- Spare Clothes (Gator, Coat, Hat, Jacket, Socks, Pants)
- Toilet Paper
- Water Filter
- Water Purification Tablets
Obviously there are countless more items that you could add to this list, especially ones that are more relevant to your circumstances. This is just a general list and as many of these items as possible should be included.
This may sound like a lot, and for a teenager putting together a bug out bag with all of these items will be costly. The backpack itself can cost between fifty to a hundred dollars if you want a quality one.
If you don’t have this kind of money yet, you can always settle for a cheaper backpack or even an old school backpack you already have until you have enough to get a higher end one.
However, don’t feel pressured to buy all or as many of these items at once. I recommend that you hold off on buying your backpack up front and instead buy one, two, or three items at a time until you have everything or almost everything you need. As a teenager, having a plan or budget for your financial spending is important so you don’t spend money that you don’t have.
If you simply cannot afford to buy all of the items that we have listed, it’s perfectly fine to limit yourself to just the essentials. As long as you have food, water, shelter, and first aid basically covered with whatever makeshift items you can come up with, it’s better than nothing.
Only once you have purchased all of your gear should you proceed to go bug out bag shopping. The reason for this is that you should select a bag that best accommodates all of these items, rather than finding items to accommodate your bag. The items you carry with you are more important than the actual bug out bag itself.
Once you have your bug out bag ready to go, you can focus on stocking up on other essentials like food, water, ammunition, and so on. Just like how you put together your bug out bag, take it slow and easy and only add a few items at a time. Your stockpile may start out looking pathetic but in time it will grow.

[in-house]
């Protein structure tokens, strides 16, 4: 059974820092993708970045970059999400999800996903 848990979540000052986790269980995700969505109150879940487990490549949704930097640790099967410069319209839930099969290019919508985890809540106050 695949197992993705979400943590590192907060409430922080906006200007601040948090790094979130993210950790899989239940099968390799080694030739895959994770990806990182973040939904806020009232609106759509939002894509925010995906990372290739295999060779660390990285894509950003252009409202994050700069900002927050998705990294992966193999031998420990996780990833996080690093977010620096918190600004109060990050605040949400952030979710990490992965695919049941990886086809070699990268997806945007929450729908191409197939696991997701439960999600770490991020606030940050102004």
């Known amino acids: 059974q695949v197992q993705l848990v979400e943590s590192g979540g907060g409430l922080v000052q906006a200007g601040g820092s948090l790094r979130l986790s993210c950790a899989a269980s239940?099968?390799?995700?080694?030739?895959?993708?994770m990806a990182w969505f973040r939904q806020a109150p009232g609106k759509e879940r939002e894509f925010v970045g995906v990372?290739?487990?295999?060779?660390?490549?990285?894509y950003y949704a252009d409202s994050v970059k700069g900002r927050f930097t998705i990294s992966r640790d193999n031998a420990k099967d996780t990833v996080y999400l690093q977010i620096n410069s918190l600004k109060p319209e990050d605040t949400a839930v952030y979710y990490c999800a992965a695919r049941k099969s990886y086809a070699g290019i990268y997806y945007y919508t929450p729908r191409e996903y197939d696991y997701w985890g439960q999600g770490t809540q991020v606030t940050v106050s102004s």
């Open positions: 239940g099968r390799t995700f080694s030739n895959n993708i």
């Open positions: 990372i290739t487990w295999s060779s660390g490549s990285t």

Figuring out where to store everything is going to require the most thought. Remember the old adage to never keep all of your eggs in one basket? That could not be any truer when it comes to prepping.
All of your food, water, ammunition, and bug out bags should never be stored in just one location. Diversify where everything is; keep some stuff in the garage, some in the basement, some in your closet, under the bed, some outside in the shed, and so on. Also, if your parents have a rented storage room out in the city, you should absolutely store some items out there as well.
One place where you should be able to find secret space is underneath chairs or couches with skirts, or excess cupboard spaces, base cabinets, and corners in bathrooms and kitchens.
You can store canned goods in back corners of square cupboards with round plates or in the corner base cabinets. How many of us are actually willing to crawl inside those things while stretching our arms as far as they’ll go and dislocating a disc or shoulder?
Just bear in mind that most foods and all water will need to be stored in cool and dry locations away from sunlight, so storing them by a sunny window in the room is not an option. Doing so will contaminate your water and make it more unsafe to drink than not having any water at all.